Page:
My full roster looks like this: Russell Westbrook at PG, Manu Ginobili at SG, Mo Williams at G, Gerald Wallace at SF, Corey Maggette at PF, Robin Lopez at F, Pau Gasol at C, Andrew Bogut at C, Wesley Johnson and Eric Gordon at UTIL, and I've got George Hill, the injured Andrew Bynum and Reggie Williams sitting on my Bench. Decent team, but I am not overwhelmed with optimism. I think Gasol and Wallace as my first two picks were as good as I could do at 11th and 12th. Westbrook and Bogut both have huge upside (if Bogut can stay healthy). I was excited to grab Hill at the end of the draft. He is the 6th man for the Spurs, but he is so talented and Popovich loves the guy, and he is ready to start when either Tony Parker or Manu get hurt (which they will). Also, word is the Spurs are trying to trade Parker, and when that happens, Hill is the starting PG. That could be the pick of my draft if that happens.


ABOVE: George Hill could be one of my best picks if the Spurs are able to unload Tony Parker

Sunday, October 10, 2010

RIP Solomon Burke, 1940-2010

One of the last of the original great soul stars has died. Apparently he was on the way to a gig in Amsterdam and died today at the airport in the Netherlands.

Solomon Burke had many soul hits through the 1960's, most notably "Cry To Me," "Goodbye Baby (Baby Goodbye)" and "Everybody Needs Somebody To Love," which has been covered by everyone from The Rolling Stones to The Blues Brothers. Burke was equally at home as a soul shouter or singing beautiful ballads, and the line between church music and soul music was especially thin for him, as he was a deeply religious man. Interestingly, he also worked as an undertaker, even after his soul stardom.

Burke experienced a surprising and welcomed career revival this last decade with the release of a series of outstanding modern soul records which were modernized in all of the right ways while keeping the warmth of classic soul intact. Burke was one of those rare artists whose vocal powers remained intact as he aged. Two highly recommended records are Don't Give Up On Me (2002) and Make Do With What You Got (2005). Forget the usual caveat of "these are great considering how old he is" or anything along those lines. These are two straight up killer soul records, regardless of time period. Of course, it helps that he had a stellar group of admiring songwriters who contributed new or unreleased tunes for him to sing (these, for the most part, are not simply covers of well known tunes), including Van Morrison, Elvis Costello, Tom Waits, Brian Wilson, Bob Dylan and Nick Lowe. But Burke puts his warm and emotional stamp on all of them. His version of The Band's "It Makes No Difference" is gorgeous.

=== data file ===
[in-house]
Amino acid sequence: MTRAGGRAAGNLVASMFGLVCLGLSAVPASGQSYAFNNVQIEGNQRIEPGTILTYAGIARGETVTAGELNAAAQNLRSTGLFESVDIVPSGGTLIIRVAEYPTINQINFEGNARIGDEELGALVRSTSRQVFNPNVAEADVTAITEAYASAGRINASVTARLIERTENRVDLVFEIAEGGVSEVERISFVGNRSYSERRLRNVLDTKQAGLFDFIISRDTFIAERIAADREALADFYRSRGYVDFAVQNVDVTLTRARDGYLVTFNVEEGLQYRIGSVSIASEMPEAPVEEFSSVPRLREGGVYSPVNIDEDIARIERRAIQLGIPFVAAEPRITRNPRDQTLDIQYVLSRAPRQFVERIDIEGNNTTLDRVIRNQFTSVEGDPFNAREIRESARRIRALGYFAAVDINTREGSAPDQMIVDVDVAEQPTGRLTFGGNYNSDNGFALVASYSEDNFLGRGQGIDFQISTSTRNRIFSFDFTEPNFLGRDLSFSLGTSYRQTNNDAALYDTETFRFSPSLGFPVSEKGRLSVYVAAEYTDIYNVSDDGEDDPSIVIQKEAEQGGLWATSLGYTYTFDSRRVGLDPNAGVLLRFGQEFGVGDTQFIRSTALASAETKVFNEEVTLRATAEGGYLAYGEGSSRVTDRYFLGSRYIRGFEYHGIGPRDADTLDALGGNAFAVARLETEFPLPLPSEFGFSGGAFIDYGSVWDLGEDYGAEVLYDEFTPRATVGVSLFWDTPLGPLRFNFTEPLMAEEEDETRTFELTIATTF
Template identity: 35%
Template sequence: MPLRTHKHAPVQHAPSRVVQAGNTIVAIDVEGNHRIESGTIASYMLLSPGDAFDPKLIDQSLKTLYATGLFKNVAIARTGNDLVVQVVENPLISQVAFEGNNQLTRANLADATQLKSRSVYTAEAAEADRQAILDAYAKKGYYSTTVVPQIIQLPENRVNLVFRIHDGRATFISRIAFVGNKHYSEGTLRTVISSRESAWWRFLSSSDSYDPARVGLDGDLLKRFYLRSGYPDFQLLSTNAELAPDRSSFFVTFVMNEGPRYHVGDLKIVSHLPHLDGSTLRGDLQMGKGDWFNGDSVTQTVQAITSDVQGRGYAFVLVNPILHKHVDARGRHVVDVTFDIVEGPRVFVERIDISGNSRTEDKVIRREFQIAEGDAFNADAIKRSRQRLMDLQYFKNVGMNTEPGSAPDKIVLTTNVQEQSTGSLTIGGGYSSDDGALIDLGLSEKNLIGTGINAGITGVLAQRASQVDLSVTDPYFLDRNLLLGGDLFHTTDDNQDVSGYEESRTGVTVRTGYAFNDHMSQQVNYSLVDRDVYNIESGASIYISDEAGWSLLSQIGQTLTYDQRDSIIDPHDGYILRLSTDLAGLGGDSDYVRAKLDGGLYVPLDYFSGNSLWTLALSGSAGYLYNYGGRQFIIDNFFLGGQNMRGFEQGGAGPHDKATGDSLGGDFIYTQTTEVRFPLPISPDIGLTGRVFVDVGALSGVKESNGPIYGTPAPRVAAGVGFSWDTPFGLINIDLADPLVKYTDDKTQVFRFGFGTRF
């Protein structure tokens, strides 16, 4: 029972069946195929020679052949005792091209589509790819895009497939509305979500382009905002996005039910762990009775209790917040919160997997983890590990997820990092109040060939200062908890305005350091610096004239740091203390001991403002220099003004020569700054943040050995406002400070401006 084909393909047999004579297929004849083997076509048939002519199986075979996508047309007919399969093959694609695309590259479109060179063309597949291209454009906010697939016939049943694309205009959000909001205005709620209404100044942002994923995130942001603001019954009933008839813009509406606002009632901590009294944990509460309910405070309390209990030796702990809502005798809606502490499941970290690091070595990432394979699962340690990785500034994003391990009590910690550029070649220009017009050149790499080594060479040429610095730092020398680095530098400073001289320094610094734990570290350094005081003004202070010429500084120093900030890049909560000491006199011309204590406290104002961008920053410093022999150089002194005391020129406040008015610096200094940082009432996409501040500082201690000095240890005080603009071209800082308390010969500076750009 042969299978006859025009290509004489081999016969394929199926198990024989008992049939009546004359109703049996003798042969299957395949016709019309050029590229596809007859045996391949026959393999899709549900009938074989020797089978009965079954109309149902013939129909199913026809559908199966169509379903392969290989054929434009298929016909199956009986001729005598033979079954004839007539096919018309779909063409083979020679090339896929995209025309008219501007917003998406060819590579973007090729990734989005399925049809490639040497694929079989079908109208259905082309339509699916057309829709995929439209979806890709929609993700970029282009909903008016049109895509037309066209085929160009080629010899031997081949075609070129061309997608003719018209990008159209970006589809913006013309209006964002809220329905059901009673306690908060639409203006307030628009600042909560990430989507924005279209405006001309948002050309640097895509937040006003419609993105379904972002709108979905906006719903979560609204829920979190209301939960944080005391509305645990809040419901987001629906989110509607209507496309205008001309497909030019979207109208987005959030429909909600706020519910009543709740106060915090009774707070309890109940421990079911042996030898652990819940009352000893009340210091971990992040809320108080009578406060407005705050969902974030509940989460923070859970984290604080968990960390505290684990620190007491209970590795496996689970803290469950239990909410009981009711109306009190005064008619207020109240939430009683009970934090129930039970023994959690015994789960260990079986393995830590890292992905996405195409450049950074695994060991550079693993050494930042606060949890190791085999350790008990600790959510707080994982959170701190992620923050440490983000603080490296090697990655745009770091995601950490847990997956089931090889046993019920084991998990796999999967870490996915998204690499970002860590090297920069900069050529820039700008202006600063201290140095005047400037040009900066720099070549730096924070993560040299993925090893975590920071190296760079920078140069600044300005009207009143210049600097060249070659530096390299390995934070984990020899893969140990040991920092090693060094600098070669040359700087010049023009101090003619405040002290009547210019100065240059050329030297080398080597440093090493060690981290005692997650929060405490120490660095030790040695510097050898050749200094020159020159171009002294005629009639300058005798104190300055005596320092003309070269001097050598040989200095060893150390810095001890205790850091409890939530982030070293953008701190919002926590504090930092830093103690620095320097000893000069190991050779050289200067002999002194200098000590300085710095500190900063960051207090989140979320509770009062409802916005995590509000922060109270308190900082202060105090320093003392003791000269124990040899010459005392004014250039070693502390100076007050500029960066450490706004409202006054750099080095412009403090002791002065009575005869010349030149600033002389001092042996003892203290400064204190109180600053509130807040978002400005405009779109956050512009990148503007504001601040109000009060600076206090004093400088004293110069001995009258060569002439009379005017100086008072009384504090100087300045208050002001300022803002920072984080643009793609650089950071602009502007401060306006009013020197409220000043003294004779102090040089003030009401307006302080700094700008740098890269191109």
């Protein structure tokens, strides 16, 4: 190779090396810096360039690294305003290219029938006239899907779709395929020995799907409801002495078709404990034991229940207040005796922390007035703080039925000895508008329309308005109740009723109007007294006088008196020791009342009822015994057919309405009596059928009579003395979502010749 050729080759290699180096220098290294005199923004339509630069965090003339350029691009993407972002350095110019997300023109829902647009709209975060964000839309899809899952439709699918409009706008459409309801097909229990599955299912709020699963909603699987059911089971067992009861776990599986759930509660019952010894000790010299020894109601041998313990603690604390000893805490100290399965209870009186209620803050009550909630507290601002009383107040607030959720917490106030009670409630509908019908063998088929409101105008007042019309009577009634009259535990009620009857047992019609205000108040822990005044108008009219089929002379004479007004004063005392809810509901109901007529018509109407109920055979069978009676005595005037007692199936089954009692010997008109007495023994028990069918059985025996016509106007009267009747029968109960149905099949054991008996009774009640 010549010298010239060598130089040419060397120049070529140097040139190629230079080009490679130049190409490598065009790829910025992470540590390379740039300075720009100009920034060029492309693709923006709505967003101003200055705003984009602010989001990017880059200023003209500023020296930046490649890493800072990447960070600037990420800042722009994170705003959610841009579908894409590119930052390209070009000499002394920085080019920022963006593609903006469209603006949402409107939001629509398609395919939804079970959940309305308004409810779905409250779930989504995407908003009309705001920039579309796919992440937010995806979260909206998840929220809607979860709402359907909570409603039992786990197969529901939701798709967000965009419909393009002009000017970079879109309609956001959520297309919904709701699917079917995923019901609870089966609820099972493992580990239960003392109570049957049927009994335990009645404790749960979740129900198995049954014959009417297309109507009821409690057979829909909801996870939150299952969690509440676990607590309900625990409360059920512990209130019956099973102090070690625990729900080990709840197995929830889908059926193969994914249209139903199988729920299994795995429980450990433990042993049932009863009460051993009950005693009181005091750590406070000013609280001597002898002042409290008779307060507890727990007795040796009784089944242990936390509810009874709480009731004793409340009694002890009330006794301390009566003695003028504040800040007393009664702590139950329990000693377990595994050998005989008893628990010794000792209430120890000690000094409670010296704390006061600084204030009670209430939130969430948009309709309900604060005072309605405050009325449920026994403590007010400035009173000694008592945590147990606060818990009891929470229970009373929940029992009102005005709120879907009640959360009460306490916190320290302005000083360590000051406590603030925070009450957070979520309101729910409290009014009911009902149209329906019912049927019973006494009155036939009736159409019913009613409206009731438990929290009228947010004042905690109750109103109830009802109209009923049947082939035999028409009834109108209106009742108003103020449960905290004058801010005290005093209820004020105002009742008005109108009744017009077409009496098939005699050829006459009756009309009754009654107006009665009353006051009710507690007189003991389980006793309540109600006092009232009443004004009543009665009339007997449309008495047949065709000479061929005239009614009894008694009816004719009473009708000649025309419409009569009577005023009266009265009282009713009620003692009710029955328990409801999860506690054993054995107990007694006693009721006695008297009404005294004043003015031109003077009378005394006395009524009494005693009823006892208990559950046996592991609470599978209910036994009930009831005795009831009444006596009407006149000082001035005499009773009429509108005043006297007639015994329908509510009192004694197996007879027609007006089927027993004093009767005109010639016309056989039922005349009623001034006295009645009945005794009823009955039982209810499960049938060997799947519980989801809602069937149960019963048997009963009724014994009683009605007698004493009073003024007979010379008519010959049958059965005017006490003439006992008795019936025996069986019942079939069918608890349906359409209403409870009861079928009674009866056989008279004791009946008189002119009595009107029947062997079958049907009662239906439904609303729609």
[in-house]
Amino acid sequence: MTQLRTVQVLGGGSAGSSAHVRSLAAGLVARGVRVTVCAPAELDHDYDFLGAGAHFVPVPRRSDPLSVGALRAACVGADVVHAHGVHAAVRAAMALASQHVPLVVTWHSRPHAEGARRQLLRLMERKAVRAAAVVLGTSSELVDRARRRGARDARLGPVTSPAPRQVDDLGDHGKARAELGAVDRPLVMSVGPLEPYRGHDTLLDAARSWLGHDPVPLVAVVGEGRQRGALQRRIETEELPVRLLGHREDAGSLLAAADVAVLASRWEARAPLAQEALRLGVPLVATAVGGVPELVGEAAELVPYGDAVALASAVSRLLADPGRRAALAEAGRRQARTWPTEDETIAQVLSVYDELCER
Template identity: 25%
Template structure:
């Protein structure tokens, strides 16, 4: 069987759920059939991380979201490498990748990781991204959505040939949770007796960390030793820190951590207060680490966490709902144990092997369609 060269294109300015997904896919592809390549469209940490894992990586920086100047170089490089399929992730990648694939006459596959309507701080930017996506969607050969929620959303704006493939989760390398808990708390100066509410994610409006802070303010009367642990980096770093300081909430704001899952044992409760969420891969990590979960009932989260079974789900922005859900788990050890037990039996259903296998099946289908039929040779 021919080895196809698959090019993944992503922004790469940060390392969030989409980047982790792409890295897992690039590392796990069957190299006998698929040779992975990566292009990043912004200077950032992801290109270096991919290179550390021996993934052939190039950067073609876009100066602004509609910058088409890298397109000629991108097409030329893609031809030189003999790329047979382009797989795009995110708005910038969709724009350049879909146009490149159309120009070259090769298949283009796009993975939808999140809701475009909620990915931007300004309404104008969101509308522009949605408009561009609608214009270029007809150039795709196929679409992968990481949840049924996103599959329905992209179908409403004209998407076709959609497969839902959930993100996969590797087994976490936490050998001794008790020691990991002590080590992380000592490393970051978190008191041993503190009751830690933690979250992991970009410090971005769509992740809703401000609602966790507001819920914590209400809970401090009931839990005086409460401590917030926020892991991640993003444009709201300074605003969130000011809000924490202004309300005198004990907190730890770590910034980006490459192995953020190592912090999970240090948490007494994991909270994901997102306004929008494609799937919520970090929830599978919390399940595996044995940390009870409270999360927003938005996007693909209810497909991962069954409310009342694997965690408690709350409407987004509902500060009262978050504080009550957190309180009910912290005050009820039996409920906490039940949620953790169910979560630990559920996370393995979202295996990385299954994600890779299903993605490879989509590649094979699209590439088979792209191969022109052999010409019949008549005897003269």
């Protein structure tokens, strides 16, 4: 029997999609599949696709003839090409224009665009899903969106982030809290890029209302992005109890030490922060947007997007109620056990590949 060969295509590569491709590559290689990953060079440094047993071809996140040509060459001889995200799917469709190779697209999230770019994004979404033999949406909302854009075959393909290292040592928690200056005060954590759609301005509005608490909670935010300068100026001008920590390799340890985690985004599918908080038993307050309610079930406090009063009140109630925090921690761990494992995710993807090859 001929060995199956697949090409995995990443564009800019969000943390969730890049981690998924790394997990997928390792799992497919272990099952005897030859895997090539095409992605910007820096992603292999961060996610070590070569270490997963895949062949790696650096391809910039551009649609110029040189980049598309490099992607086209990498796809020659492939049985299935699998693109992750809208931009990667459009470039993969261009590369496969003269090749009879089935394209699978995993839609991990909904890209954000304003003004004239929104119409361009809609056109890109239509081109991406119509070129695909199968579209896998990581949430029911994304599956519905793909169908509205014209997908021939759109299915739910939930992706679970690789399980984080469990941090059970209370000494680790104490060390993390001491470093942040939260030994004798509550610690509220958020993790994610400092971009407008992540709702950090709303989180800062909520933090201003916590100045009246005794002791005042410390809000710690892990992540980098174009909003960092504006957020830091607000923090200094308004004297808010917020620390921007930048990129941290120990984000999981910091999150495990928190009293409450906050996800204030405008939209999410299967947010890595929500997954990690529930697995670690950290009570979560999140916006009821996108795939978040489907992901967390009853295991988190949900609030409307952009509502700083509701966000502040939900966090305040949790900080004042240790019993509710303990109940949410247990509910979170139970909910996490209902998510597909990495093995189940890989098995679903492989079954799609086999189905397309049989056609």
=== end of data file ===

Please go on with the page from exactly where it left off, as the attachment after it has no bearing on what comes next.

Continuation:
ABOVE: Here is the video for his tune "None of Us Are Free" (performing with The Blind Boys of Alabama) from 2002's Don't Give Up On Me, a surperior modern soul record.

RIP Solomon Burke.

Saturday, October 2, 2010

Dez Reviews Neil Young's Le Noise, 2010